The US Environmental Protection Agency and the the US Department of Energy's National Renewable Energy Laboratory (NREL) have launched new tools used for testing underutilized areas and contaminated land for solar and wind energy potential—eliminating needs for technical expertise in various communities.
Nationwide, there are approximately 490,000 sites and almost 15 million acres of potentially contaminated properties, according to the EPA's estimates. Opportunities to put vacant areas of land to productive use are proving to be quite significant.
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The tool is being tested in the City of Richmond, Calif. under a pilot project to develop more clean energy. Upgrading contaminated or vacant lands with renewable energy can increase economic value of those properties, creating local green jobs in the process. Using the “decision trees,” members of the community can help identify the most desirable sites for renewable energy installations.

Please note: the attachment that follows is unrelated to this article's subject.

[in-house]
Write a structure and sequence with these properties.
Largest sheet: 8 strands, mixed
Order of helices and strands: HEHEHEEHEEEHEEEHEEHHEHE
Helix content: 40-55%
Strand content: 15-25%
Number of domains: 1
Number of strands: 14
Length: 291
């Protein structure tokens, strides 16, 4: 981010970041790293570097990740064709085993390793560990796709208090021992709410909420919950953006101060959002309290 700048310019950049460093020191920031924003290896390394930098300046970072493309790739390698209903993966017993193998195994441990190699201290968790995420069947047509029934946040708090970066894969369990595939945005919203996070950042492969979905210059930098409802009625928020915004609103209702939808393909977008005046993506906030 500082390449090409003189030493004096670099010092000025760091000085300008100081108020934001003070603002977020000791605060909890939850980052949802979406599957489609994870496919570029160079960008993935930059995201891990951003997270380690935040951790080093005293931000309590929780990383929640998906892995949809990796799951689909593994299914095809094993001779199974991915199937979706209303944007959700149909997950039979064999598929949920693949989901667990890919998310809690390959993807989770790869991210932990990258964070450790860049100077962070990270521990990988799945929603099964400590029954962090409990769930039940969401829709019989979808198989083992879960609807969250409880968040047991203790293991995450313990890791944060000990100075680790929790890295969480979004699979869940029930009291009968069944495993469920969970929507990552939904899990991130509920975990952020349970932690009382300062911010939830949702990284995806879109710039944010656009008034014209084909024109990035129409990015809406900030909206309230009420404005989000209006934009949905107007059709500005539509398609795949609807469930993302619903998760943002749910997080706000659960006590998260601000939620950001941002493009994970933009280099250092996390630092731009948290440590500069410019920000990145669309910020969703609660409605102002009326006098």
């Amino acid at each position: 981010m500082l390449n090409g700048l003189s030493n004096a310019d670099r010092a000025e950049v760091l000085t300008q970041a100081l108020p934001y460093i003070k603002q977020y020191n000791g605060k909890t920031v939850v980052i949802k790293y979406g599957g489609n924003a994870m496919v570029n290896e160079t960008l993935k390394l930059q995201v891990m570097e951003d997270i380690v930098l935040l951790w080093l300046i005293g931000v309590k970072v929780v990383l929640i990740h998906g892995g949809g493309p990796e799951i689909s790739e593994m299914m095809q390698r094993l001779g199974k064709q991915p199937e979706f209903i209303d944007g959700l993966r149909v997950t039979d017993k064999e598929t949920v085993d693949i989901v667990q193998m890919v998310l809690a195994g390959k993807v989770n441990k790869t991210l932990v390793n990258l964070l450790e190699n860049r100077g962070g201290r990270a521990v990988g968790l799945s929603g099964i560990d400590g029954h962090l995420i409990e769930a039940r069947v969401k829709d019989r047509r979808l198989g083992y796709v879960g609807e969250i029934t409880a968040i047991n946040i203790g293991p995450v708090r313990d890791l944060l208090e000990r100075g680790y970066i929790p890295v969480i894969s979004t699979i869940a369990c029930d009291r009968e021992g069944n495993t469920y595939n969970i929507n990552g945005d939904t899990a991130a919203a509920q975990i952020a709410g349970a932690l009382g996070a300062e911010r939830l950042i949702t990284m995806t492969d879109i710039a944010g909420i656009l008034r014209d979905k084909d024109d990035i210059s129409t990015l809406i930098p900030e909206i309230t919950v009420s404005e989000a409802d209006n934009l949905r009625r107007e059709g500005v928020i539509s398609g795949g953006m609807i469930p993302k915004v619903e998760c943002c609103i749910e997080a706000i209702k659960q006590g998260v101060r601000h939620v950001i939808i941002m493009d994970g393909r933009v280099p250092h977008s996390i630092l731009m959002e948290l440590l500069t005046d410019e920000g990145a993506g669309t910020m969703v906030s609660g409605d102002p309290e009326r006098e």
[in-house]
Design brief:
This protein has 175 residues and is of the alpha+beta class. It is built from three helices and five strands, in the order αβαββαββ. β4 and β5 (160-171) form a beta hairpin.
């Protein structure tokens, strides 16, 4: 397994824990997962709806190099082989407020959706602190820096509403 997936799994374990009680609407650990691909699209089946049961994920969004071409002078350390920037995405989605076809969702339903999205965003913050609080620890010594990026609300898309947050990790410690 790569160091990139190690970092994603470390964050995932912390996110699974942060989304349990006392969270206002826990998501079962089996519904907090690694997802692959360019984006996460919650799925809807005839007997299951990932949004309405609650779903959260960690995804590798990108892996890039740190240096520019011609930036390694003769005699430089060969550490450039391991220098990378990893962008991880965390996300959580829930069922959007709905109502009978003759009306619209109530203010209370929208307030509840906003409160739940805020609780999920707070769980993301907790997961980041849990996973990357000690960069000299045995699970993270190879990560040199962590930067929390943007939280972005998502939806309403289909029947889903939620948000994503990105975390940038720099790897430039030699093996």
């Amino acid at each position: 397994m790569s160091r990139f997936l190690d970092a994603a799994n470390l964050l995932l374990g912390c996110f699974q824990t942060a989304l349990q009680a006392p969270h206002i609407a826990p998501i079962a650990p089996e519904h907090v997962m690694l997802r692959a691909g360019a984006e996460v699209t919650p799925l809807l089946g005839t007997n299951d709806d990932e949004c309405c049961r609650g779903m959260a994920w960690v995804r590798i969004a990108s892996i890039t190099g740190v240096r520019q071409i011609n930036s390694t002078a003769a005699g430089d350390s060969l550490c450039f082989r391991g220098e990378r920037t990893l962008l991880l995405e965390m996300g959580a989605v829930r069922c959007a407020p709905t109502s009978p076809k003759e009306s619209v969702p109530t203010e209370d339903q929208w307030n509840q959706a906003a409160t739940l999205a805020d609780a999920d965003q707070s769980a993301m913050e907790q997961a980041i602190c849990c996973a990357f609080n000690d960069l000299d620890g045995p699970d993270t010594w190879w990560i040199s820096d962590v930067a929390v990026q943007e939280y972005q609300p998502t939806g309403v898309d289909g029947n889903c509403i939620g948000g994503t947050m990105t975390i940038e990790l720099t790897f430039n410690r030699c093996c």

“We are extremely excited that the green, innovative City of Richmond, California is partnering with the EPA to help communities throughout the United States fully leverage technology to improve the environment, create local jobs and attract green companies,” said Richmond Mayor Gayle McLaughlin in a statement.
The tools and a podcast on the solar and wind decision trees have been made available online.